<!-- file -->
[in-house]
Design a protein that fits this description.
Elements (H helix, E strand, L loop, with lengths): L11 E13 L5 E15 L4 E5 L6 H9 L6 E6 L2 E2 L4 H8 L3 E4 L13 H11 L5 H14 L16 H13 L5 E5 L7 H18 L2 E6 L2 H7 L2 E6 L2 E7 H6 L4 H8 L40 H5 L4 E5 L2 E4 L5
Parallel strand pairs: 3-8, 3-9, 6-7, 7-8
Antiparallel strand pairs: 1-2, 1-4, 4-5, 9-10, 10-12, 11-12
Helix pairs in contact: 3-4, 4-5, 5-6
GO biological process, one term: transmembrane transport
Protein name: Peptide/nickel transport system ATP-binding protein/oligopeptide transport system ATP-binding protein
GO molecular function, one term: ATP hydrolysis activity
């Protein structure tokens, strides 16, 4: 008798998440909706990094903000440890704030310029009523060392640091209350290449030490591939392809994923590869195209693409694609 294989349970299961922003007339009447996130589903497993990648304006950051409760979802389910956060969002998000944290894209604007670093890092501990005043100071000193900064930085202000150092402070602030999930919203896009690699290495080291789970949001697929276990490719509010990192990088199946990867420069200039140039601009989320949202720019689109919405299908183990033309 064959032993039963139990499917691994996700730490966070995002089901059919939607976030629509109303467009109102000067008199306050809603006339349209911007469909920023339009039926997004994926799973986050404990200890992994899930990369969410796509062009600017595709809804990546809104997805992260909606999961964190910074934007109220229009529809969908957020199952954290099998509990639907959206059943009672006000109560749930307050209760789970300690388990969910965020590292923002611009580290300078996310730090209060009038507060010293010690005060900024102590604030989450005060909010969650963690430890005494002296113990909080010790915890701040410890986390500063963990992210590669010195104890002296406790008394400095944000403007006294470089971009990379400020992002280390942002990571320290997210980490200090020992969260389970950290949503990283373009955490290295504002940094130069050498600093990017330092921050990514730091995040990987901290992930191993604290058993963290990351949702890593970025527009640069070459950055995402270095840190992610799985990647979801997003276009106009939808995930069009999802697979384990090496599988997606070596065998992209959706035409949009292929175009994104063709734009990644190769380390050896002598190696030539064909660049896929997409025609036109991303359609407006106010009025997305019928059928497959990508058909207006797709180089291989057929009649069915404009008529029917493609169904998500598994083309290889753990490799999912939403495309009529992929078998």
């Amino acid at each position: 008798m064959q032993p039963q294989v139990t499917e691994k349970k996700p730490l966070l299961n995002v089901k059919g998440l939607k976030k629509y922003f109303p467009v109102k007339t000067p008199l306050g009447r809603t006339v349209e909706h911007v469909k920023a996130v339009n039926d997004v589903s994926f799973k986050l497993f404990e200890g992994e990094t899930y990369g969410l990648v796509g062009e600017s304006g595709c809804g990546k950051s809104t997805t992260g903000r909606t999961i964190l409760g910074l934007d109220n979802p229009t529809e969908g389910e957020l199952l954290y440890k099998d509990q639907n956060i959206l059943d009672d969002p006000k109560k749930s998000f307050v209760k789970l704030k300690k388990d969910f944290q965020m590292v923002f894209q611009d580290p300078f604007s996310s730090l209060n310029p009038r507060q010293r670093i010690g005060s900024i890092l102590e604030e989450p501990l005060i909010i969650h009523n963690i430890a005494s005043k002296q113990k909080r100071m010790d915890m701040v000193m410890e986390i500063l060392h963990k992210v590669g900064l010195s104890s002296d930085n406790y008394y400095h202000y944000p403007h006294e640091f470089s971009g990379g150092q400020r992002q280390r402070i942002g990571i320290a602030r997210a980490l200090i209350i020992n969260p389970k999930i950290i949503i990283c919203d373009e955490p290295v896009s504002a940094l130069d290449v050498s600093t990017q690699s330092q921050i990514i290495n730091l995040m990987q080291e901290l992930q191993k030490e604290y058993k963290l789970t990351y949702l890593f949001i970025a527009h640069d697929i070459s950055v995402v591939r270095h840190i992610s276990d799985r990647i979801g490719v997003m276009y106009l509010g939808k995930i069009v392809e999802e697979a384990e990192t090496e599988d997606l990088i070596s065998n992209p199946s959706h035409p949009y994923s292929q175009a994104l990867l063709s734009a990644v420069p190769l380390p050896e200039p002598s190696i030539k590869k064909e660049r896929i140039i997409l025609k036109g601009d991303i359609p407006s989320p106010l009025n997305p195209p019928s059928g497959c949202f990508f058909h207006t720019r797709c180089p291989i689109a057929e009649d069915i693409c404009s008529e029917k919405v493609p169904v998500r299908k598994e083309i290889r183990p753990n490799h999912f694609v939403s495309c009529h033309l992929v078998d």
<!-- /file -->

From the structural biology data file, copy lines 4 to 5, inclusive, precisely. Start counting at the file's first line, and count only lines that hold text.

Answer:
Parallel strand pairs: 3-8, 3-9, 6-7, 7-8
Antiparallel strand pairs: 1-2, 1-4, 4-5, 9-10, 10-12, 11-12